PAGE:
Parallelizing the HEVC Encoder

High Efficiency Video Codec is the next generation video codec which promises to cut the bit-rate in half when compared to the H264/AVC codec. HEVC has bigger block sizes, more prediction modes and a whole lot of other algorithms to achieve the said target. However, this comes with substantially higher costs in terms of computational power requirement. HEVC, as it stands today, needs about 8 times more computational power to deliver twice the compression ratio.
Keeping pace with Moore’s law, the general purpose processors have been cramming more logic in lesser space, thanks to the evolving manufacturing processes that are adding more and more computational power. This computational power is available in the form of increased cores per processor. So the entire focus of HEVC encoders is not just having the fastest algorithm with the best quality, but also on achieving the one which can be executed in parallel on multiple cores with a minimal penalty on the quality. Server grade processors have been cramming more than 18-cores into a single socket, increasing the importance of system design in HEVC encoders. This provides a strong new impetus to transform all algorithms and code-flows to maximally utilize the entire available computational power across all the cores.

So how does HEVC fare in a multicore scenario?

HEVC has included many tools which are parallel processing friendly. These multi-core friendly tools are discussed in detail in this whitepaper:
https://www.pathpartnertech.com/wp-content/uploads/2014/11/PathPartner_WhitePaper_Analysis-Of-HEVC-Parallel-Tools-1.pdf
Parallelizing HEVC encoder using slices and tiles is very simple. An input frame is divided into a number of slices, equivalent to the number of cores or threads required to process. This results in completion of the best possible multicore encoder in the shortest duration with a very good multicore scaling factor.
Scaling factor on a multicore system is the speedup achieved over a single core, by using multiple cores for the same job. If a job takes 1s on a single core but takes only 0.5s on an N-core system, the scaling factor in such case is 2. If the N-core is a dual core system, an ideal scaling of 100% is achieved. But if it is a quad core system, only 50% of scaling is achieved. It is almost impossible to achieve ideal scaling unless the job being done contains further independent jobs.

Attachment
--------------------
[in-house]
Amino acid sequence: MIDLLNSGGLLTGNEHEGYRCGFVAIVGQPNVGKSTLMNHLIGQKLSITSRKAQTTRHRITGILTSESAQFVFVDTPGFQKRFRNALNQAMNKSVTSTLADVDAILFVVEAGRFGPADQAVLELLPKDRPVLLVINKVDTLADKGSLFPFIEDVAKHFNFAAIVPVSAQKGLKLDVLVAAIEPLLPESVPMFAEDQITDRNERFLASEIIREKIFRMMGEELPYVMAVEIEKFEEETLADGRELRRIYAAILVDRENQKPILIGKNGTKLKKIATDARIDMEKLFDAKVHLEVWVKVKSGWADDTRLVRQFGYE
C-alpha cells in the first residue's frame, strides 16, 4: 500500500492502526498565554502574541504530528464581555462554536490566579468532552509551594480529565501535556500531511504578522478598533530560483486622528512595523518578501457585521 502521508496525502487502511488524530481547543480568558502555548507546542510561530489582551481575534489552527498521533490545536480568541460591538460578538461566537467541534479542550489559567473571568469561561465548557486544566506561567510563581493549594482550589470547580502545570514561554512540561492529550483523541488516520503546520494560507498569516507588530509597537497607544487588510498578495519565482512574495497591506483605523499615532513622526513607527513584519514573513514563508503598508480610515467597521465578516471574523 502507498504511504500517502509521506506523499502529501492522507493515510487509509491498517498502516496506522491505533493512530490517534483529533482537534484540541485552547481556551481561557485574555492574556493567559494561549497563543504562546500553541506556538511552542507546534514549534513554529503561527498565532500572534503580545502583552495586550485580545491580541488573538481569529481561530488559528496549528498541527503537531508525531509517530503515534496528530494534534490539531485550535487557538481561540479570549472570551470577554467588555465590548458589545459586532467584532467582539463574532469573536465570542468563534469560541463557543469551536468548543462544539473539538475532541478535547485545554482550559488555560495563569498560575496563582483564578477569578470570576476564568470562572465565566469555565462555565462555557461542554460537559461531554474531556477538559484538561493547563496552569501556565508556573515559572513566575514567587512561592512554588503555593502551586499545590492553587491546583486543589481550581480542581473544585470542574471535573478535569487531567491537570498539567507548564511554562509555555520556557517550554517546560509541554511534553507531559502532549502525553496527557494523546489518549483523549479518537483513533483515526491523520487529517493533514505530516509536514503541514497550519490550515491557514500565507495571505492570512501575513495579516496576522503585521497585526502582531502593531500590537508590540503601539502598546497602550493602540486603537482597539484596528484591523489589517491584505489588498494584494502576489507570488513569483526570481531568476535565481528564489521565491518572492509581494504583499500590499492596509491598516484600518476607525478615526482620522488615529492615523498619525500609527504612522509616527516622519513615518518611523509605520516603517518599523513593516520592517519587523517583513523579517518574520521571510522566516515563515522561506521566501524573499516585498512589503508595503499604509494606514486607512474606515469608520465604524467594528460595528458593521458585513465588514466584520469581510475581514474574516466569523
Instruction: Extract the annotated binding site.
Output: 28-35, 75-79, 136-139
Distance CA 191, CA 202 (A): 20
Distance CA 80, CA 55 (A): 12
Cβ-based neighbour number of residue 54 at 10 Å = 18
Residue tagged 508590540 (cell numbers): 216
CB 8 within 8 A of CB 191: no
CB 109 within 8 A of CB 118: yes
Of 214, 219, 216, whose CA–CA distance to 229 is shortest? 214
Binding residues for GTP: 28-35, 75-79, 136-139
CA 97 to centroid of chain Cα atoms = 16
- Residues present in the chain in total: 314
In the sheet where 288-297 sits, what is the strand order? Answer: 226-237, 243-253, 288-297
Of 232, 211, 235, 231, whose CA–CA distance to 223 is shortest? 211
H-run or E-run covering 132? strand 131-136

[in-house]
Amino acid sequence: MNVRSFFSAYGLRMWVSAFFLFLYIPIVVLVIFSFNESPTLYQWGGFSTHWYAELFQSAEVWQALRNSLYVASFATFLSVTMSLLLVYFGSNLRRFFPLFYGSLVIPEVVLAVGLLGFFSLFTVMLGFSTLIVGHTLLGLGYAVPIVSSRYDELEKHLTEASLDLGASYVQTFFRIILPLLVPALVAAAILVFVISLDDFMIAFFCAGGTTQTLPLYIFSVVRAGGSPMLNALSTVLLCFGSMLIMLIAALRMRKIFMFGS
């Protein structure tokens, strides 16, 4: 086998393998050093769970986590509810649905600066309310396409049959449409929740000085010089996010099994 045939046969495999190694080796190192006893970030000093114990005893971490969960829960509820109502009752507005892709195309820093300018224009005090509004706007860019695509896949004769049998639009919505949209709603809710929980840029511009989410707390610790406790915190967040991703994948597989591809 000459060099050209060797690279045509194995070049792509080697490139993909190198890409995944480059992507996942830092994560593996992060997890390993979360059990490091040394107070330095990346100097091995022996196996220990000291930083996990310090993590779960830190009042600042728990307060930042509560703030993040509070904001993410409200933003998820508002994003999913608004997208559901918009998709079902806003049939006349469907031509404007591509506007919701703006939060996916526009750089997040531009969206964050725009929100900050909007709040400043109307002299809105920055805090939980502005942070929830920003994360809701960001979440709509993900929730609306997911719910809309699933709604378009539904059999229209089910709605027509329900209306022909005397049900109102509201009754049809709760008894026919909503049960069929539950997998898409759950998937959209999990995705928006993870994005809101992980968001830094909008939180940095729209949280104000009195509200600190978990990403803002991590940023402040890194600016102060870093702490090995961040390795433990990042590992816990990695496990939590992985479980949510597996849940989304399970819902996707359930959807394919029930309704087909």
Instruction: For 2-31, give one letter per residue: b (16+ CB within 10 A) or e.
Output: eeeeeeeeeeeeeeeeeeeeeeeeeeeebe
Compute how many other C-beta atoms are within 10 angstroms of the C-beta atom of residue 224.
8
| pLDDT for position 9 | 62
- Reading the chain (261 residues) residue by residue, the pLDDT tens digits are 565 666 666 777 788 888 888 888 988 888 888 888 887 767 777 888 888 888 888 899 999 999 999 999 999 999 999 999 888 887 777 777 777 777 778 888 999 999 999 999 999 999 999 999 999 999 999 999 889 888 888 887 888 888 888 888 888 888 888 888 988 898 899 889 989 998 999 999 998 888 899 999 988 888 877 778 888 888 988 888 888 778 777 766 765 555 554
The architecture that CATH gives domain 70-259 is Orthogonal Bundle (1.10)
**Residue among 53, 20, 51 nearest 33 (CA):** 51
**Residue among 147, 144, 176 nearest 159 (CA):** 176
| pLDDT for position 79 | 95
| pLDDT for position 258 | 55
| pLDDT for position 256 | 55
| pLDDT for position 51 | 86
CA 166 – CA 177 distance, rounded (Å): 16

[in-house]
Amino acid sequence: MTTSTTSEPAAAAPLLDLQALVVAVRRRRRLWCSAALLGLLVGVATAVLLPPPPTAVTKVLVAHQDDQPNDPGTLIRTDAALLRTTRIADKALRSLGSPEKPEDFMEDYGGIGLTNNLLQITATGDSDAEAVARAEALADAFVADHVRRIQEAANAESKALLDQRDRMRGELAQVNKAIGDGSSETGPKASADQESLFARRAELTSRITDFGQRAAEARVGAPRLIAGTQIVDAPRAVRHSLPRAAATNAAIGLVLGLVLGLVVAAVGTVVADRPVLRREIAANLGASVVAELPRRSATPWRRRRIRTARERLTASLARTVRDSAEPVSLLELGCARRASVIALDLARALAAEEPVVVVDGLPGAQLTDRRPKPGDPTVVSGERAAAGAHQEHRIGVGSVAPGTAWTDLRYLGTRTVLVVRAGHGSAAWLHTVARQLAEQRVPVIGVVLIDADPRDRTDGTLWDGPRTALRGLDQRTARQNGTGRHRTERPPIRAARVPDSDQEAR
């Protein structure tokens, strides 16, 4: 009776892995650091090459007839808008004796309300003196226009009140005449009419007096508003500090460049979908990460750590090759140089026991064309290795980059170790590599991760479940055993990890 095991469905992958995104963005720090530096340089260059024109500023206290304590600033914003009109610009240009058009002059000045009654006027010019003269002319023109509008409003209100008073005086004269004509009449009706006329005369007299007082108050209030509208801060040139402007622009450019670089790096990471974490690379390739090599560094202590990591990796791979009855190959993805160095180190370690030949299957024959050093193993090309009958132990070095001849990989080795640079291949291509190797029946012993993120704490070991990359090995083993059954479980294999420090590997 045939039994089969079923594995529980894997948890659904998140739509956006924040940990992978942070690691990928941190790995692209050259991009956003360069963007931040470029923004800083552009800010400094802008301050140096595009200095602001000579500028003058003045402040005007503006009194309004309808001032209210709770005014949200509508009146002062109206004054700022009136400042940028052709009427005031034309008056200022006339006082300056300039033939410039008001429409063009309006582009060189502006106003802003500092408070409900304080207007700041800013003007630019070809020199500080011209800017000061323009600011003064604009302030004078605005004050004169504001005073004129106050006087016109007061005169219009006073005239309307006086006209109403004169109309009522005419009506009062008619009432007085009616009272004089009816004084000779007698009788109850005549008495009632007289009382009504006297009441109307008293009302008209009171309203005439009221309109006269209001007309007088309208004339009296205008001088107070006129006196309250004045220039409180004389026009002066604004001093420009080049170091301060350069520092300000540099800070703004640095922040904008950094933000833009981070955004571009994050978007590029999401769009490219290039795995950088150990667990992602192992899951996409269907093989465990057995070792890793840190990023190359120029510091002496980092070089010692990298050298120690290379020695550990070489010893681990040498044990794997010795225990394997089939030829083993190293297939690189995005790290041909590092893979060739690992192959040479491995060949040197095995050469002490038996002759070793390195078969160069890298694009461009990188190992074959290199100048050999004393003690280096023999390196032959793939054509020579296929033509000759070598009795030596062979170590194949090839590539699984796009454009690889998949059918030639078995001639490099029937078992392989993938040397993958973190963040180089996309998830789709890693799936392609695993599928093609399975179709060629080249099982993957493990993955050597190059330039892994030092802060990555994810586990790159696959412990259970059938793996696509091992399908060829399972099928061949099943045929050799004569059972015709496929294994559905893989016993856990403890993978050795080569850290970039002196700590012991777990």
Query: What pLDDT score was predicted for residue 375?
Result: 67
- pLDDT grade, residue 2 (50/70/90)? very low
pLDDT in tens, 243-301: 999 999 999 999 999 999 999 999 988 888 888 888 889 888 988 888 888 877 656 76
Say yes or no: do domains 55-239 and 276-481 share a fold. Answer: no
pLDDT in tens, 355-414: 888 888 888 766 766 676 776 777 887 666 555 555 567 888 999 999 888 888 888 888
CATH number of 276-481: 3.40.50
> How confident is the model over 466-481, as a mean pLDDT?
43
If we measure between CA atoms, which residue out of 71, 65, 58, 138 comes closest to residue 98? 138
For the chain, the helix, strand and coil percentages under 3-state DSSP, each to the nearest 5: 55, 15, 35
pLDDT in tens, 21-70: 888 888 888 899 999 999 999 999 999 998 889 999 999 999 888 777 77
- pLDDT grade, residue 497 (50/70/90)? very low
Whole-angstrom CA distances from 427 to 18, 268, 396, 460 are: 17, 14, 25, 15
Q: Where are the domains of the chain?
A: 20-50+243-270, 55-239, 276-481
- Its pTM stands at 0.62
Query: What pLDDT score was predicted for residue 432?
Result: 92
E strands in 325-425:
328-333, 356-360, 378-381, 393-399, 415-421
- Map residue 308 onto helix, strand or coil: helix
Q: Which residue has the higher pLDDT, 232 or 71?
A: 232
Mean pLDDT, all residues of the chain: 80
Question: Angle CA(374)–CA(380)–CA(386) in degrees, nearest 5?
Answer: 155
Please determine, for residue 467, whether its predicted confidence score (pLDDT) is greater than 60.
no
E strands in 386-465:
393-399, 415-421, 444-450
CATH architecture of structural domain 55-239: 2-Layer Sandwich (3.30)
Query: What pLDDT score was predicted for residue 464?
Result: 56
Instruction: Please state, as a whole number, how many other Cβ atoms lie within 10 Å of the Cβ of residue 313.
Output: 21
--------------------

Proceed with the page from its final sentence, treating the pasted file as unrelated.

slice-tile
Figure 1 : Slices and Tiles
An HEVC frame, when partitioned into slices and tiles and encoded on different cores, should have an ideal scaling because each slice and tile is independent of each other. But due to the total complexity of the blocks being encoded in the slice or tile, this cannot be achieved. Each slice or tile varies in complexity, and hence, different cores take different amounts of time to encode them. The amount of time that the threads wait after their tasks are done is inversely proportional to the complexity of the slice or tile they encode. And the wait time too is inversely proportional to the scaling factor; i.e., the more the core waits, the less is the scaling. This is further aggravated by the fast algorithms that are present in encoders which let them predict the encoded modes accurately.
Also, by encoding with slices or tiles the frame basically develops into a collection of segments of independently encoded streams which have no interlink between them. This will have a large impact on visual quality with visible compression artefacts at the edges of slices or tiles. These artefacts can be partially avoided by applying de-blocking and the new SAO filters across the slices or tiles. But when encoding a high motion sequence with a challenging bitrate, the artefacts will definitely be noticeable.
The challenge in multicore HEVC encoding is always achieving the best possible scaling while sacrificing the least possible video quality. Performance and quality measures of a video encoder are always in battle with each other, and with multicore the battle gets more ammunition. But diplomacy, which is, Wavefront Parallel Processing (WPP) tries to keep peace to a certain extent.

WPP

Wavefront Parallel Processing
Figure 2 : Wavefront Parallel Processing
One of the major serial processing block in any video encoder is the block by block arithmetic coding of the signals and transform coefficients in a raster scan order. Again with slices and tiles, this can be parallelized but with a penalty on the bits taken to encode. With Wavefront Parallel Processing or entropy sync, the arithmetic coding is parallelized with a catch. The bottom row takes the seed context from its top right neighbor before starting its row encoding. This results in a penalty which is lesser than slices or tile encoding.
The same approach to parallelize the mode decision encoder is taken where each CTU block waits for the completion of its top right neighbor.
Parallel row HEVC encoding
Figure 3 : Parallel row HEVC encoding
The above figure shows a quad core encoder, whose pipeline is built up and is operating in a steady state. Before starting the encoding of each CTU, the completion of top right is checked and since the top row is ahead of the current row, the check is almost always positive. This design preserves the data dependencies present in the original encoder and gives the best possible performance while sacrificing least amount of quality. This design has an overhead of pipe up and pipe down stages, but when encoding a huge number of CTUs, they can be neglected. Also, there will be small scaling losses due to differences in CTU encoding times.